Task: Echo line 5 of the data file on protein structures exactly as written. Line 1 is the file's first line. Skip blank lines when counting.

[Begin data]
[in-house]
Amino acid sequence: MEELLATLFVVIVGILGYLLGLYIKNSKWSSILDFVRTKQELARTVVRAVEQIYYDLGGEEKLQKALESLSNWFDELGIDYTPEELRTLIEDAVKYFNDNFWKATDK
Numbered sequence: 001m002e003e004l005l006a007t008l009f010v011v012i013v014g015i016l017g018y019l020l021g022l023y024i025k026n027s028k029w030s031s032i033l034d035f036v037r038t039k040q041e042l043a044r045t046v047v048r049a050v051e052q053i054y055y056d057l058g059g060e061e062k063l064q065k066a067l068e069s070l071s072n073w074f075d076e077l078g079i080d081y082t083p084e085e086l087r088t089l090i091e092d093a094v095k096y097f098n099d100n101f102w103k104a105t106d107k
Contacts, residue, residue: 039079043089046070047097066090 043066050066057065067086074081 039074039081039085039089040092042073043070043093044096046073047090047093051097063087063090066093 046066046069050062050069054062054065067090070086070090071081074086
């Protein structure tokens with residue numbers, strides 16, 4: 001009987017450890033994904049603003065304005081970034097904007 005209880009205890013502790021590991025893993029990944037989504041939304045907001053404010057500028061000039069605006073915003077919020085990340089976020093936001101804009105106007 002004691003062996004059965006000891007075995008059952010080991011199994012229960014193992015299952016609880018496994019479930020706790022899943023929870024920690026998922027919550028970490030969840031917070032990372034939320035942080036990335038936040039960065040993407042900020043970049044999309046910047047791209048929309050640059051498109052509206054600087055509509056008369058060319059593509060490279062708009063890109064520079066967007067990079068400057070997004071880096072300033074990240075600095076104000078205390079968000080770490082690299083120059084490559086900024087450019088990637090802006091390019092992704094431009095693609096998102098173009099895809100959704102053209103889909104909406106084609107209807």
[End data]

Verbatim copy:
């Protein structure tokens with residue numbers, strides 16, 4: 001009987017450890033994904049603003065304005081970034097904007 005209880009205890013502790021590991025893993029990944037989504041939304045907001053404010057500028061000039069605006073915003077919020085990340089976020093936001101804009105106007 002004691003062996004059965006000891007075995008059952010080991011199994012229960014193992015299952016609880018496994019479930020706790022899943023929870024920690026998922027919550028970490030969840031917070032990372034939320035942080036990335038936040039960065040993407042900020043970049044999309046910047047791209048929309050640059051498109052509206054600087055509509056008369058060319059593509060490279062708009063890109064520079066967007067990079068400057070997004071880096072300033074990240075600095076104000078205390079968000080770490082690299083120059084490559086900024087450019088990637090802006091390019092992704094431009095693609096998102098173009099895809100959704102053209103889909104909406106084609107209807």